ROB JOHNSON: Actually what we’ve seen after January, or with recent events, we’ve seen the futures market indicating that by the December meeting there’s an 80% chance of being where we are or lower. And then if you look at all the meetings through the year, it’s around an 80% chance of staying where we are. So I think the view may be shifting there, and I think actually the shutdown in the US as well is having an impact. And broadly I think central banks get a really bad wrap. I think they don’t get enough credit for the work they’re doing. I mean Trump’s a prime example of that, right, the slack stick that he’s given Jerome Powell recently in the media is horrendous I think when they act on what’s in front of them. And they will be using, their decisions I think will be data driven as we go through the year.

So I’ll be surprised if we get any rate rises in the next 12 months, perhaps one is the growth does come through, wages increase, if we do see a bit more inflation coming through into the system, then perhaps we’ll see one in the middle of the year.

ARNO LAWRENZ: I think perhaps just one development that has happened over the past couple of months, which in fact also supports that, has been the dramatic fall in the oil price over the past couple of months. So from an inflationary perspective certainly the dynamics have changed completely, so certainly they.

JOHANN ELS: And sorry, the dollar was strong, so that will help with oil price in keeping US inflation in check. But yes, even if there is another one or two interest rate hikes, the market has now got visibility in terms of the end of that cycle. And that will be a big impact in terms of the dollar going forward. And the dollar is important in terms of emerging markets and us. I think the dollar is going to weaken quite substantially during the course of this year, and that will be a big impact. But the Fed’s decision clearly is taking a lot of the risk that the market has priced in over the last month or so in terms of US recession, and it’s taken a lot of that risk out, because the Fed clearly doesn’t want the recession, and the reaction is starting to work in that favour.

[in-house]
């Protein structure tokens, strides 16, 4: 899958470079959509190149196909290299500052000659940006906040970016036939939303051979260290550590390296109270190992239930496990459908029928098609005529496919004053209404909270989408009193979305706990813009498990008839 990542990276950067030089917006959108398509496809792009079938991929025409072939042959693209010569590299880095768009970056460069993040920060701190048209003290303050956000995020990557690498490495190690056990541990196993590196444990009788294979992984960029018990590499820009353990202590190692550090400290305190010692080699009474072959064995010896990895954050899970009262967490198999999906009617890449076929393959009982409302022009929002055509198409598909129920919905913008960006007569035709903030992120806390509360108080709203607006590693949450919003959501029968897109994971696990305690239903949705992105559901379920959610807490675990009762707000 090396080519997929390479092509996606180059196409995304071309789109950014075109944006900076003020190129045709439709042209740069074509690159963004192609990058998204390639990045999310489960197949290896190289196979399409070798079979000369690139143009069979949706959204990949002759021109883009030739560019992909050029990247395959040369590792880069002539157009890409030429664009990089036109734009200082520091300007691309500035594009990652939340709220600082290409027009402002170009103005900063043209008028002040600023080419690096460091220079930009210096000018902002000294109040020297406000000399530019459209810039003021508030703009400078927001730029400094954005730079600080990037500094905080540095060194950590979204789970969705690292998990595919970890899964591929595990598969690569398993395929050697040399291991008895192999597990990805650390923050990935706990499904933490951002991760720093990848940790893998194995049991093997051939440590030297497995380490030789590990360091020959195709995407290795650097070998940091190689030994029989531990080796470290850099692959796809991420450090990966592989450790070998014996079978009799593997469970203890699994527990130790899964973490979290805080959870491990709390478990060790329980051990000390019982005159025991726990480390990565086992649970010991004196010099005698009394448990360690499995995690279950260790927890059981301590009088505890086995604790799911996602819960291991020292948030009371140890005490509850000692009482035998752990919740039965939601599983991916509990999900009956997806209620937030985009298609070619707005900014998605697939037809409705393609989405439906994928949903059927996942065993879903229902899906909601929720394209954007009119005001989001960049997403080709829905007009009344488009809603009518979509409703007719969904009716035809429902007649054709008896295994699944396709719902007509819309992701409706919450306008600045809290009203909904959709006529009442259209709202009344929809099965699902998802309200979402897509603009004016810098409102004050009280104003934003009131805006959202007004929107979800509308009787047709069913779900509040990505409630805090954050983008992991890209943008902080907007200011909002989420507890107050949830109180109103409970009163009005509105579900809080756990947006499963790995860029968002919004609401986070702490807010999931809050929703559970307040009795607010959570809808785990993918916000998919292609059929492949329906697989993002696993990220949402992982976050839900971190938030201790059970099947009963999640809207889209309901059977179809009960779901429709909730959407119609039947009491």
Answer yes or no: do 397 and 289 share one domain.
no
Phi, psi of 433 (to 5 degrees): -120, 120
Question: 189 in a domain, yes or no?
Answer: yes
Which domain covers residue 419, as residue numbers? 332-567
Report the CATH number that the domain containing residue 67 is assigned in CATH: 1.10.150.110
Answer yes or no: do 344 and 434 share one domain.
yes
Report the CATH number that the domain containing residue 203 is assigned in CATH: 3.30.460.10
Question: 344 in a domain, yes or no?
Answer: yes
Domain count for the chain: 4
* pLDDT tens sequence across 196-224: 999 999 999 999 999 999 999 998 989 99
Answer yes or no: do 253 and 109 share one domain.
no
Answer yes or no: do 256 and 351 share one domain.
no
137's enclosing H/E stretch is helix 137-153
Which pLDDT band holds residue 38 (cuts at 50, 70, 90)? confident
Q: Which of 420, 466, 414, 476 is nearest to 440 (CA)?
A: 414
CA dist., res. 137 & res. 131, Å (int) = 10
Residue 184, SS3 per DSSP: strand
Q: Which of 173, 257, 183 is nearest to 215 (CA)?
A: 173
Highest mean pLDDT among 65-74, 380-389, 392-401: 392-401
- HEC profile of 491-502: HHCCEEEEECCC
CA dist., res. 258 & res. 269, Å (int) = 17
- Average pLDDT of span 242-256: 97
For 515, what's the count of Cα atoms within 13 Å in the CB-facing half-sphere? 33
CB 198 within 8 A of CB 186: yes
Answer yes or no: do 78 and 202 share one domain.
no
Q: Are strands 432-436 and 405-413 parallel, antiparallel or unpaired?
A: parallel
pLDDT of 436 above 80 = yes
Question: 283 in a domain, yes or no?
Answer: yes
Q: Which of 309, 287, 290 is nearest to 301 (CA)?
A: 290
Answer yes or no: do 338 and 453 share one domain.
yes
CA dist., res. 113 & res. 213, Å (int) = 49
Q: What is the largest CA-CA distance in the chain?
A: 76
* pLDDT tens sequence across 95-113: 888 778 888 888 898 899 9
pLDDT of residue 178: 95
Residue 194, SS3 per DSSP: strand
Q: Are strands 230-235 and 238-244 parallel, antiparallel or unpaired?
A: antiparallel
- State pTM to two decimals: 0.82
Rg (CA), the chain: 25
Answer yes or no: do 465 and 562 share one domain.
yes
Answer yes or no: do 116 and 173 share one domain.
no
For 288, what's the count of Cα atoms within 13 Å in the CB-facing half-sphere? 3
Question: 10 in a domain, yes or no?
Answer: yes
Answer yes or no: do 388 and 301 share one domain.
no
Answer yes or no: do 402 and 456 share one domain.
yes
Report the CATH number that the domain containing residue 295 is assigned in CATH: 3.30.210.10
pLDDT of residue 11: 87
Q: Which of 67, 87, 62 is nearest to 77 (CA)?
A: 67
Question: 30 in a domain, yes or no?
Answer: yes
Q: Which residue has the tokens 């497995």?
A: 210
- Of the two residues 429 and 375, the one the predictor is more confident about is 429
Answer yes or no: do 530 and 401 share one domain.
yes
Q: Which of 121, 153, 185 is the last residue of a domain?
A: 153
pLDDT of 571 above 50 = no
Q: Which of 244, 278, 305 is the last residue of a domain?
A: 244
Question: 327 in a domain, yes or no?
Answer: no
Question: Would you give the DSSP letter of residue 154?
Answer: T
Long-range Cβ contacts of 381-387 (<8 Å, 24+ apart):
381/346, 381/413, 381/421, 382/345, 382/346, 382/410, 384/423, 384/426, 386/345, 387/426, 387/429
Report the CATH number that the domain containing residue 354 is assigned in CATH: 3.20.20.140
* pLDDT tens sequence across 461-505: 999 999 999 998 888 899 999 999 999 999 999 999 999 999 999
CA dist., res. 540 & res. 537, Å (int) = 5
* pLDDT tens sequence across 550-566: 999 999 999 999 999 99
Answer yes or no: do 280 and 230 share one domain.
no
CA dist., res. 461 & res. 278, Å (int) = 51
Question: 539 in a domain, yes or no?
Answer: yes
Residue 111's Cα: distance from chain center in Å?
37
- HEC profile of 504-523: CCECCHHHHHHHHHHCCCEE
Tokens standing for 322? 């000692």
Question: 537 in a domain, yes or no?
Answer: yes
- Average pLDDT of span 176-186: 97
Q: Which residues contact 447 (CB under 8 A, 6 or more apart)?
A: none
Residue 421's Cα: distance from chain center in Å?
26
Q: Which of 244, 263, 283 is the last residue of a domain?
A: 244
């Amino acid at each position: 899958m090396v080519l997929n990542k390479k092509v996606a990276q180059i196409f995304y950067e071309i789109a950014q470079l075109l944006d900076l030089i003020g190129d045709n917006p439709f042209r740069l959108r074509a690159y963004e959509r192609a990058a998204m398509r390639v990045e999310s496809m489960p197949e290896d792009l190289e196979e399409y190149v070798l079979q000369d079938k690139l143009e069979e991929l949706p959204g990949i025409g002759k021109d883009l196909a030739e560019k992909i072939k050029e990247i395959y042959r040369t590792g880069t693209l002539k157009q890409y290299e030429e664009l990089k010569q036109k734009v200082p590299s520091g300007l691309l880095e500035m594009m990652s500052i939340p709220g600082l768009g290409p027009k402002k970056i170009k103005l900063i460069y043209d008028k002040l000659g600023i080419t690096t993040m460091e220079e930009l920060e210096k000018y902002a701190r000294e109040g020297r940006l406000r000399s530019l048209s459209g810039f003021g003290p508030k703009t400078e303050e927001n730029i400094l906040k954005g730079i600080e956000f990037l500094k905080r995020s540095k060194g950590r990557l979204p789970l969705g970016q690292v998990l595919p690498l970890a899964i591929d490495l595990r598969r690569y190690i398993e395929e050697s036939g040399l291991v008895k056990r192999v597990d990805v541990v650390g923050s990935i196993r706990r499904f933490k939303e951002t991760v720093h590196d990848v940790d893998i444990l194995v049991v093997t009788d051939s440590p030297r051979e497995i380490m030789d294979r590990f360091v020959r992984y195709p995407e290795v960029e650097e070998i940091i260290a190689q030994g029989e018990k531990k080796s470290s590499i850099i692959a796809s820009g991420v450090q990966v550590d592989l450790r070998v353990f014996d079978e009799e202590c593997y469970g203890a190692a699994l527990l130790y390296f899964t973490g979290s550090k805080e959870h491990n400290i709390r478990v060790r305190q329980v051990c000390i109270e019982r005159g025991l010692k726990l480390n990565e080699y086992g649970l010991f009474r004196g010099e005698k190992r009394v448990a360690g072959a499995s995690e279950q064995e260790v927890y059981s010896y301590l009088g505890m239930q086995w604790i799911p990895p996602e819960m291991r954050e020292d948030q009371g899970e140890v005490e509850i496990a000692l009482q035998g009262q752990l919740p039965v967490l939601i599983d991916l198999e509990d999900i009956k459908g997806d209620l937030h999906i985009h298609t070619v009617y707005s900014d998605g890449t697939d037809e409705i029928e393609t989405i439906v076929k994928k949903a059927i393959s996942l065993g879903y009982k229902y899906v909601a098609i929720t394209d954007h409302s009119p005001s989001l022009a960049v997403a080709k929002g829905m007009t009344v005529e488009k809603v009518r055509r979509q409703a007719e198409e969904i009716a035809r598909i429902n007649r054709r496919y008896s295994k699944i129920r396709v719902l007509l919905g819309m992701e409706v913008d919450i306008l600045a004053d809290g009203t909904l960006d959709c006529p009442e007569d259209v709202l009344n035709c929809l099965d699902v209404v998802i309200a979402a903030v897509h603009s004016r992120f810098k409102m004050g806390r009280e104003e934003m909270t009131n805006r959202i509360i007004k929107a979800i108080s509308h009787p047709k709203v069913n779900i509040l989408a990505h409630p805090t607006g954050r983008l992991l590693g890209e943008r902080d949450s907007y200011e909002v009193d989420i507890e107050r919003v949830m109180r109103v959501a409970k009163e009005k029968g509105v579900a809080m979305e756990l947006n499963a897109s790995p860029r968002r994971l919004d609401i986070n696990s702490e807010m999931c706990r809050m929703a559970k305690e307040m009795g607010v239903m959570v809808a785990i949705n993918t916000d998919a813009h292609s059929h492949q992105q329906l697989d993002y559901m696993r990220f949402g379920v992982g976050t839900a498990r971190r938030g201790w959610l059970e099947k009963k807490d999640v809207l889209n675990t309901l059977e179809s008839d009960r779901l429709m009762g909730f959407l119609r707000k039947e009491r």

PRESENTER: So Johann, Rob’s view is very supportive of your view. You’re saying the rand gets strong going throughout the year, which obviously means that we’re also not importing inflation if the dollar weakens. What do you think the risks are to that?

JOHANN ELS: Lots. Currency is the most risky thing to try and forecast. But in a scenario where the dollar weakens, that is already good for all emerging market currencies, including the rand. The rand is the most highly traded emerging market currency out there. So the rand will certainly benefit from that. And then the other things that will benefit through inflation that I expect to stay very low this year, confidence improving later on this year, keeping our investment grade rating from Moody’s at least, the others remaining at stable. You don’t need a lot of hugely positive things, you just need lots of stability in and around the elections, and then slow increases in terms of visibility where policy in South Africa is going. The rand can easily strengthen quite a bit during this year, but of course we know that’s a short-term event. The rand will always weaken over the longer term, and we invest for the longer term. But in that short term a stronger currency can impact heavily on, positively on sentiment, on confidence.

PRESENTER: So let’s talk a little bit about these trade wars. They’ve been going on for a long time. There seems to be no resolution. Many, Europe, the UK, China, all going to be impacted by it, and us at the bottom of Africa. Mohammed, what are your views on it?

MOHAMMED NALLA: So first and foremost on the US/China trade wars there’s a deadline, and that’s around March of this year. When that resolves we need to see how severe the impact actually is. I mean if you just stress US growth rate and the Chinese growth rate, well actually you could impact global growth quite materially this year. And that would play into the scenarios painted by Rob in terms of the Fed potentially going a lot slower and maybe monetary policy staying a little bit easier for a longer period of time. Something interesting though is that the US has also been considering potential tariffs on other industries, specifically automotives. And that would shift the focus away from China, and potential, maybe keep it on China but potentially shift it to the likes of Japan, the likes of the eurozone.